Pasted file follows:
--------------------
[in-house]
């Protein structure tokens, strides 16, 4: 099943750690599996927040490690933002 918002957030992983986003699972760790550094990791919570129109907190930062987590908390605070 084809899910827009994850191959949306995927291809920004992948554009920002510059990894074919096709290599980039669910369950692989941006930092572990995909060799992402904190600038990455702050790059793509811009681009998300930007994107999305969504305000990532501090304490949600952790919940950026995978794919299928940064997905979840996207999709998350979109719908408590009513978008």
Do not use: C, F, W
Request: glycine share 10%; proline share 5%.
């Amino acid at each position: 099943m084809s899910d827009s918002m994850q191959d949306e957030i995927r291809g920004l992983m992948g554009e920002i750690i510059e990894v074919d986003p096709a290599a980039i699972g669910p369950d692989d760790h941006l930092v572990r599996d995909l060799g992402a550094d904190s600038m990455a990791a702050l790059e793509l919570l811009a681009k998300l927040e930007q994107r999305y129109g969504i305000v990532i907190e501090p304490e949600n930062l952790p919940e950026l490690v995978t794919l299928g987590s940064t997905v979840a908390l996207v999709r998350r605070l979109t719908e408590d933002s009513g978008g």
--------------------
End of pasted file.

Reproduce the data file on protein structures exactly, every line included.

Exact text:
[in-house]
């Protein structure tokens, strides 16, 4: 099943750690599996927040490690933002 918002957030992983986003699972760790550094990791919570129109907190930062987590908390605070 084809899910827009994850191959949306995927291809920004992948554009920002510059990894074919096709290599980039669910369950692989941006930092572990995909060799992402904190600038990455702050790059793509811009681009998300930007994107999305969504305000990532501090304490949600952790919940950026995978794919299928940064997905979840996207999709998350979109719908408590009513978008």
Do not use: C, F, W
Request: glycine share 10%; proline share 5%.
């Amino acid at each position: 099943m084809s899910d827009s918002m994850q191959d949306e957030i995927r291809g920004l992983m992948g554009e920002i750690i510059e990894v074919d986003p096709a290599a980039i699972g669910p369950d692989d760790h941006l930092v572990r599996d995909l060799g992402a550094d904190s600038m990455a990791a702050l790059e793509l919570l811009a681009k998300l927040e930007q994107r999305y129109g969504i305000v990532i907190e501090p304490e949600n930062l952790p919940e950026l490690v995978t794919l299928g987590s940064t997905v979840a908390l996207v999709r998350r605070l979109t719908e408590d933002s009513g978008g």